An entire chapter (Matthew 23) records even more that Jesus had to say about the Pharisees and the teachers of the law. He had some very serious things to say about their hypocrisy and failings as leaders of the people. We can learn a lot from that message. We need to be extra cautious to not only teach but to live what we learn from scripture. Yes, it’s difficult sometimes, because our ways are not His ways. But I have seen blessings come to those who obey His word. His ways are better and, in the long run, more rewarding than anything we can provide for ourselves.
We should not be content with our own salvation but should seek mercy on behalf of those who do not know Him. We should seek every opportunity to reach out to those who, many times, are not even aware they need a Savior. We cannot make their decisions for them, no, but that does not absolve us of the task Christ has given us before He ascended into Heaven.
“Then Jesus came to them and said, ‘All authority in heaven and on earth has been given to me. Therefore go and make disciples of all nations, baptizing them in the name of the Father and of the Son and of the Holy Spirit, and teaching them to obey everything I have commanded you. And surely I will be with you always, to the very end of the age.’” Matthew 28:18-20
Christ will return someday in the same manner in which He left (in the clouds) and until that glorious and much anticipated day, we are to be working faithfully to bring others into His truth, not resting comfortably in our own salvation.
Jesus often used parables to teach the concepts that he wanted people to understand. We can often “see” better when we have an illustration to make things more visible. When speaking about the dangers of judging others, he used the parable of someone visually handicapped. “He also told them this parable: ‘Can a blind man lead a blind man? Will they not both fall into a pit? A student is not above his teacher, but everyone who is fully trained will be like his teacher. Why do you look at that speck of sawdust in your brother’s eye and pay no attention to the plank in your own eye? How can you say to your brother, ‘Brother, let me take the speck out of your eye.’ when you yourself fail to see the plank in your own eye? You hypocrite, first take the plank out of your eye, and then you will see clearly to remove the speck from your brother’s eye.’ " Luke 6:39-42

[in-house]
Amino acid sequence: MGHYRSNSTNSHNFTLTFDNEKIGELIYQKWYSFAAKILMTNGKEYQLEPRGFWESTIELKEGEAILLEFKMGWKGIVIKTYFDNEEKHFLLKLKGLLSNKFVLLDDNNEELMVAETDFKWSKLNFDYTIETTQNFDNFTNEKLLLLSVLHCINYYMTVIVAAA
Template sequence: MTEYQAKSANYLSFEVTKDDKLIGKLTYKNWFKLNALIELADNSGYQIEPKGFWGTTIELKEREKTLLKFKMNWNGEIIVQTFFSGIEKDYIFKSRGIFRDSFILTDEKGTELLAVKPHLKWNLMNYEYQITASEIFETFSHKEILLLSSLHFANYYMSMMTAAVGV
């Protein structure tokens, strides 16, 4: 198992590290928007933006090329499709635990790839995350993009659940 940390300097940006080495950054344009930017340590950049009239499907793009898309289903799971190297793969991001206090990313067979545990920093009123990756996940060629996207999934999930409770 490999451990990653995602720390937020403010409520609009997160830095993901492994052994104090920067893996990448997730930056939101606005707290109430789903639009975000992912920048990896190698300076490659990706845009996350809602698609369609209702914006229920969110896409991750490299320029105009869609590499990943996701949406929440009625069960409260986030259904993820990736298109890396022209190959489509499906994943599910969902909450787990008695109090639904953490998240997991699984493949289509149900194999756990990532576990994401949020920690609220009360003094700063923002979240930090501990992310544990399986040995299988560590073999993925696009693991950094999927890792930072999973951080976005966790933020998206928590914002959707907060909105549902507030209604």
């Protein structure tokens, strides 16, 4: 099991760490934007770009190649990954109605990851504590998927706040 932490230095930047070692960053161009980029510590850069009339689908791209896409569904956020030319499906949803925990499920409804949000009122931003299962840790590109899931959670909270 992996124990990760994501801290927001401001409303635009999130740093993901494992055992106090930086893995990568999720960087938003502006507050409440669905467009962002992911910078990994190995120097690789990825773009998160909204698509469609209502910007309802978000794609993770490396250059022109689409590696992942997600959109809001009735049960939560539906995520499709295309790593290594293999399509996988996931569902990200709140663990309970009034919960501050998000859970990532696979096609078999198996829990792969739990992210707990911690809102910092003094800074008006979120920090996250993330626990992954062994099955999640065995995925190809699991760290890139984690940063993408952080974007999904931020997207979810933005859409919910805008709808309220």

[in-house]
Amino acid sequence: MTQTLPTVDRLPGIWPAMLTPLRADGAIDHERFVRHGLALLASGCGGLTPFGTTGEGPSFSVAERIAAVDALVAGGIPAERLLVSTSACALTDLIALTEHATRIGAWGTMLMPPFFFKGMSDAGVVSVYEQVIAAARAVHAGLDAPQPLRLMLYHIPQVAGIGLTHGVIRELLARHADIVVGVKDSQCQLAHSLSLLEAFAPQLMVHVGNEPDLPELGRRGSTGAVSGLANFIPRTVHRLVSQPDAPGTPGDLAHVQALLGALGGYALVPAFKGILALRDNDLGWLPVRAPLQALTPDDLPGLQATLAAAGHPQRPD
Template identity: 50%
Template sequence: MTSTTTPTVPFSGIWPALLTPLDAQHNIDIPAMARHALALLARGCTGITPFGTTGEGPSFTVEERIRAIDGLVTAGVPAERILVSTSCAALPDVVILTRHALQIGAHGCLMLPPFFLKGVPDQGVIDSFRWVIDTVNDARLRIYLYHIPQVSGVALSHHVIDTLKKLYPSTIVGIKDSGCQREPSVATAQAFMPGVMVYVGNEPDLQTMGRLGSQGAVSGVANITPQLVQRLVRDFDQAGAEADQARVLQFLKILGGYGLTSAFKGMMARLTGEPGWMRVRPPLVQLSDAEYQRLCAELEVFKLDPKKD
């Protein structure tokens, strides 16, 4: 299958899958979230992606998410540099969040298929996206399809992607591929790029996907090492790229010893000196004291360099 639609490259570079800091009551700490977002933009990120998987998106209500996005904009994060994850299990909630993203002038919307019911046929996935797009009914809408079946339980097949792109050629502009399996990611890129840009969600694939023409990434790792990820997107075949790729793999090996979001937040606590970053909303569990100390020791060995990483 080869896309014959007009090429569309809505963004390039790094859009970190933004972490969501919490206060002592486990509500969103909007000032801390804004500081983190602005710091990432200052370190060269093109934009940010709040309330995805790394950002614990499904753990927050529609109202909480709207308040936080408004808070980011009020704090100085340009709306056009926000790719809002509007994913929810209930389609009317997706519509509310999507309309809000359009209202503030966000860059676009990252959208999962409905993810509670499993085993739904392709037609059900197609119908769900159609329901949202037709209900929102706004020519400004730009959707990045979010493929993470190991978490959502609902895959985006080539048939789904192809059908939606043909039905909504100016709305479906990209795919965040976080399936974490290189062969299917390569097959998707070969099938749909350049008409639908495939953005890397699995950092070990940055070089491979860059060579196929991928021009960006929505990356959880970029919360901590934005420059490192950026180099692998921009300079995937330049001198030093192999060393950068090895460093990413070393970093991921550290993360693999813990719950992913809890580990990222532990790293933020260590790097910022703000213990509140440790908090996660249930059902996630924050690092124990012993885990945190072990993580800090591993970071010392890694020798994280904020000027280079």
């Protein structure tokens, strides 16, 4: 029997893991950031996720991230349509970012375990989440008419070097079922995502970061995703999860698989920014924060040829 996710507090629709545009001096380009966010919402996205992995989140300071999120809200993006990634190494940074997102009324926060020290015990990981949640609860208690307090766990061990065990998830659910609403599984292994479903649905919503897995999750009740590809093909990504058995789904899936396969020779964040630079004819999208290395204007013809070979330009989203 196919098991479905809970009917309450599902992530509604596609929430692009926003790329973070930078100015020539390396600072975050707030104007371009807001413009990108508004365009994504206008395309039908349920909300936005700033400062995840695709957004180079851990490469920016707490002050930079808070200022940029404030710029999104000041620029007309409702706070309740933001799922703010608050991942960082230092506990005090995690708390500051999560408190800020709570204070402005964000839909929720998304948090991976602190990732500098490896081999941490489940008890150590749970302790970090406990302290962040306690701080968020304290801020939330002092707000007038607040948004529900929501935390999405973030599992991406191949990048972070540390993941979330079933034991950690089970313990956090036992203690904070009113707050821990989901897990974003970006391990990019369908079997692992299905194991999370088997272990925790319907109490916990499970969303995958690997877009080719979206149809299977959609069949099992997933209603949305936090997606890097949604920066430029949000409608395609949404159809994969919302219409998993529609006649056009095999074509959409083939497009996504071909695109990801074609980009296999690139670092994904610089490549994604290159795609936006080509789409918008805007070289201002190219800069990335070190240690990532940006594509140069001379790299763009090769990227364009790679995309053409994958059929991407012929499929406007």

I have long been under the misunderstanding that we are never to point out someone else’s sins because that would be judging them and we are not to judge. As I learn more about this life of following the Master, I do not think that is entirely true. If we notice someone sinning, we should love them enough to correct them. However, what we so often fail at is our own self-examination to determine if we ourselves are falling in an area of our life. What are our motives for confronting them with their sin? Time and again the scriptures teach that our motives are more important and more heavily weighed than our actions. Correcting someone else should always be done with the purpose of helping that person grow wiser and stronger…never to make ourselves look more pious or perfect than they are. Self-examination is often the key to having a loving and humble attitude toward others. When we recognize our own failures and accept the grace that God has granted to us, then we can exhibit more compassion toward those who are still struggling. Perhaps they are struggling in an area where we have already been victorious. Who better to point out the pitfalls than someone who has already been down that same road?
Many people are blinded to sin. They cannot see clearly what someone else can see in them nor can they see the solution provided. Why? The answer to that question is found in 2 Corinthians.
“The god of this age has blinded the minds of unbelievers, so that they cannot see the light of the gospel of the glory of Christ, who is the image of God.” 2 Cor 4:4